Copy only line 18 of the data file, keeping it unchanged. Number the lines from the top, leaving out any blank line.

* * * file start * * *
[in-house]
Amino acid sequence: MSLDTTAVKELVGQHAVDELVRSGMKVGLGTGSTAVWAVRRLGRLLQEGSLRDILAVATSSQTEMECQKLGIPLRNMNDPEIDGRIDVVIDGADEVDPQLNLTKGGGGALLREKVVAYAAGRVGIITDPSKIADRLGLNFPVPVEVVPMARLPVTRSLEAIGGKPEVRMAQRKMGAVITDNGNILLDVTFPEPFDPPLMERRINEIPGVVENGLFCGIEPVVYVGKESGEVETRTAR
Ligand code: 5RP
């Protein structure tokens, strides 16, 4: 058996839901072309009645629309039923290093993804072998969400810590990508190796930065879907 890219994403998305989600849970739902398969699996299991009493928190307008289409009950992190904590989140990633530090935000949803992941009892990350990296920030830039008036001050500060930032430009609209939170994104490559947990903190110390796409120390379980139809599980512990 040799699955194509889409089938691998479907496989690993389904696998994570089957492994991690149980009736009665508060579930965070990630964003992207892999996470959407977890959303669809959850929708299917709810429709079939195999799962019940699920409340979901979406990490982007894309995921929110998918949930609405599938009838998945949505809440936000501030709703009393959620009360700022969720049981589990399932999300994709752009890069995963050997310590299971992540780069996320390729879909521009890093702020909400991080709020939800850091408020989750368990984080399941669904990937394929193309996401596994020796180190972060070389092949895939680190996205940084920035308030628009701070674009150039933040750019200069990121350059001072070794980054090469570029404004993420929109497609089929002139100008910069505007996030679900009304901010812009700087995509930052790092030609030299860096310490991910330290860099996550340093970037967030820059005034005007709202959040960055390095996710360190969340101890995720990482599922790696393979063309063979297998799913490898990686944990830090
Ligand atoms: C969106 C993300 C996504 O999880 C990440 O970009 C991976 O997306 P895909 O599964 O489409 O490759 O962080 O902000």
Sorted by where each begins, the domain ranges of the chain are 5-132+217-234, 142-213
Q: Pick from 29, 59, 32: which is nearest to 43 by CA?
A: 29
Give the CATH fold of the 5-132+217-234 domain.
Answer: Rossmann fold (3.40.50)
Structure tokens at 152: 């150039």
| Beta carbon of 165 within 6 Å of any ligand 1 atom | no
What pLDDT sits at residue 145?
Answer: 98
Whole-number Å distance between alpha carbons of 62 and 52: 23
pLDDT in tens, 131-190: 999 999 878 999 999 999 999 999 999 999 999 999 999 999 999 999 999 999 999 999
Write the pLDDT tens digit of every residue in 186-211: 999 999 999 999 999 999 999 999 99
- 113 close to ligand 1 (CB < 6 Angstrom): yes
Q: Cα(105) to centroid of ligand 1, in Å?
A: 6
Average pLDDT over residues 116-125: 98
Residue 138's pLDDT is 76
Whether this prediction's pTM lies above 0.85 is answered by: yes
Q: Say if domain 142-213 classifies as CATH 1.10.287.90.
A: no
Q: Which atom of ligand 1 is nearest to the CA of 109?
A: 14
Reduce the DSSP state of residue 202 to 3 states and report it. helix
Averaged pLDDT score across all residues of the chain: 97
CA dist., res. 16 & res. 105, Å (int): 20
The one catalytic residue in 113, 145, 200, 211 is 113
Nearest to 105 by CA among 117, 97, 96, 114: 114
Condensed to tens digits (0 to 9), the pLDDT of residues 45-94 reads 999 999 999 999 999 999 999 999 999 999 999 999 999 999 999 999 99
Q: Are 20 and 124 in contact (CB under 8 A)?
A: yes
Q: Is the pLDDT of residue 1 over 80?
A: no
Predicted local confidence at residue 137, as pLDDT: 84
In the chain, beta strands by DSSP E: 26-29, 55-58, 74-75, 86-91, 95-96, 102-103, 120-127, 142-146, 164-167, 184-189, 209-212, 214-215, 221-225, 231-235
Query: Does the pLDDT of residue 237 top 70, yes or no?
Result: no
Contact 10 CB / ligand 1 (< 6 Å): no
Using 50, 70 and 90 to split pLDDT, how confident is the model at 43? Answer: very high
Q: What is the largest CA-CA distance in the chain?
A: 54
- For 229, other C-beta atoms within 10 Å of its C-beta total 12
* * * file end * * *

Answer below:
- 113 close to ligand 1 (CB < 6 Angstrom): yes